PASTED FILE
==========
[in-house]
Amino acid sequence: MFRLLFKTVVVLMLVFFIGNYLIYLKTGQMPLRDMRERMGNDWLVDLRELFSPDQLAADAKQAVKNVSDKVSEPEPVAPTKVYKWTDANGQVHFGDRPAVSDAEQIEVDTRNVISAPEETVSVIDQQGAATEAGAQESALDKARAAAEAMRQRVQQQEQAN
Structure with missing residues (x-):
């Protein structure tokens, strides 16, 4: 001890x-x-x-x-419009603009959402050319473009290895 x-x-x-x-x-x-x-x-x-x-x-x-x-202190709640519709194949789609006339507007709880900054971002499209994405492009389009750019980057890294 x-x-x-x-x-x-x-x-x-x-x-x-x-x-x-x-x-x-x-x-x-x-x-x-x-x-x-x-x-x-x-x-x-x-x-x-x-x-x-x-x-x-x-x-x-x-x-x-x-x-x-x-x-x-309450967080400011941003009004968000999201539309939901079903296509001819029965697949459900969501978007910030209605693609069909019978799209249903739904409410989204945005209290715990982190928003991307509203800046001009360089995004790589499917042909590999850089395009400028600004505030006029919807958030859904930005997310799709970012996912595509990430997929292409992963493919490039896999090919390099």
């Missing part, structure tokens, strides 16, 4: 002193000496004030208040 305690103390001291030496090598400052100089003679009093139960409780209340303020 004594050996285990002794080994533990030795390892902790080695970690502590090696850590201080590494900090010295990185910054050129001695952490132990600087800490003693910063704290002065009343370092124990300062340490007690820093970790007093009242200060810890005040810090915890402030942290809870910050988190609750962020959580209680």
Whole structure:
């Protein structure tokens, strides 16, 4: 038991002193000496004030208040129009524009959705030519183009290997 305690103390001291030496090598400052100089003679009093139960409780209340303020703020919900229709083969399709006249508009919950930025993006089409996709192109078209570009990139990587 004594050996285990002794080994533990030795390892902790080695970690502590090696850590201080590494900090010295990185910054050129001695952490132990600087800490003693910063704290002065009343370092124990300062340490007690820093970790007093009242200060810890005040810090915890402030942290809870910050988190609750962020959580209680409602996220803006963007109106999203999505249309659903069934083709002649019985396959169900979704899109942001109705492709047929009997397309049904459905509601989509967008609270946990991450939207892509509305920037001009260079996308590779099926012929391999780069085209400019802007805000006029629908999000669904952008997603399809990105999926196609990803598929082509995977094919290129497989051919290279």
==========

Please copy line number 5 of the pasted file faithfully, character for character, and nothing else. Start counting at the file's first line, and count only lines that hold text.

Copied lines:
């Missing part, structure tokens, strides 16, 4: 002193000496004030208040 305690103390001291030496090598400052100089003679009093139960409780209340303020 004594050996285990002794080994533990030795390892902790080695970690502590090696850590201080590494900090010295990185910054050129001695952490132990600087800490003693910063704290002065009343370092124990300062340490007690820093970790007093009242200060810890005040810090915890402030942290809870910050988190609750962020959580209680």